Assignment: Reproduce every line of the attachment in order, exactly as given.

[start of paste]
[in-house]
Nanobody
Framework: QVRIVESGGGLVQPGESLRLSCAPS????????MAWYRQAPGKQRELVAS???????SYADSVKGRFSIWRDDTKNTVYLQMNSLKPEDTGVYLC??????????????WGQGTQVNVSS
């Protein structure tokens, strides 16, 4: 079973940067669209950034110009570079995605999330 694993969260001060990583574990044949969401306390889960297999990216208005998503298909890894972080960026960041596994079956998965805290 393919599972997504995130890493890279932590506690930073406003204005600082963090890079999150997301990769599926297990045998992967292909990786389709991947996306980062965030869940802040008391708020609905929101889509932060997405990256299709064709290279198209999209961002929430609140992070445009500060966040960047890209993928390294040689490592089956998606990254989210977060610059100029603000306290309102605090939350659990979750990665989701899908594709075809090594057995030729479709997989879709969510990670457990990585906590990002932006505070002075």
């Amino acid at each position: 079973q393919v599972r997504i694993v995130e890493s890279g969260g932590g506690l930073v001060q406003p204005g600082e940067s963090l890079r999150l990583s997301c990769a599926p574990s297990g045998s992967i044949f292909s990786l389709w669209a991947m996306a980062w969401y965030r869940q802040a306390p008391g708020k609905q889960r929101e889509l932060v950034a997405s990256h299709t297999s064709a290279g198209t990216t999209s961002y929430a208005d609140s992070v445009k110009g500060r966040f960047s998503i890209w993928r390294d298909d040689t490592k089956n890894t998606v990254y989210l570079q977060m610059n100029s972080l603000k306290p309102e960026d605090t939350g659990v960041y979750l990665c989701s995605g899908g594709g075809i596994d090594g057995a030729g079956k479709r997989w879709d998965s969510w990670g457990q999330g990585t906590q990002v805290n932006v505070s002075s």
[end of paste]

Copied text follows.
[in-house]
Nanobody
Framework: QVRIVESGGGLVQPGESLRLSCAPS????????MAWYRQAPGKQRELVAS???????SYADSVKGRFSIWRDDTKNTVYLQMNSLKPEDTGVYLC??????????????WGQGTQVNVSS
């Protein structure tokens, strides 16, 4: 079973940067669209950034110009570079995605999330 694993969260001060990583574990044949969401306390889960297999990216208005998503298909890894972080960026960041596994079956998965805290 393919599972997504995130890493890279932590506690930073406003204005600082963090890079999150997301990769599926297990045998992967292909990786389709991947996306980062965030869940802040008391708020609905929101889509932060997405990256299709064709290279198209999209961002929430609140992070445009500060966040960047890209993928390294040689490592089956998606990254989210977060610059100029603000306290309102605090939350659990979750990665989701899908594709075809090594057995030729479709997989879709969510990670457990990585906590990002932006505070002075």
């Amino acid at each position: 079973q393919v599972r997504i694993v995130e890493s890279g969260g932590g506690l930073v001060q406003p204005g600082e940067s963090l890079r999150l990583s997301c990769a599926p574990s297990g045998s992967i044949f292909s990786l389709w669209a991947m996306a980062w969401y965030r869940q802040a306390p008391g708020k609905q889960r929101e889509l932060v950034a997405s990256h299709t297999s064709a290279g198209t990216t999209s961002y929430a208005d609140s992070v445009k110009g500060r966040f960047s998503i890209w993928r390294d298909d040689t490592k089956n890894t998606v990254y989210l570079q977060m610059n100029s972080l603000k306290p309102e960026d605090t939350g659990v960041y979750l990665c989701s995605g899908g594709g075809i596994d090594g057995a030729g079956k479709r997989w879709d998965s969510w990670g457990q999330g990585t906590q990002v805290n932006v505070s002075s």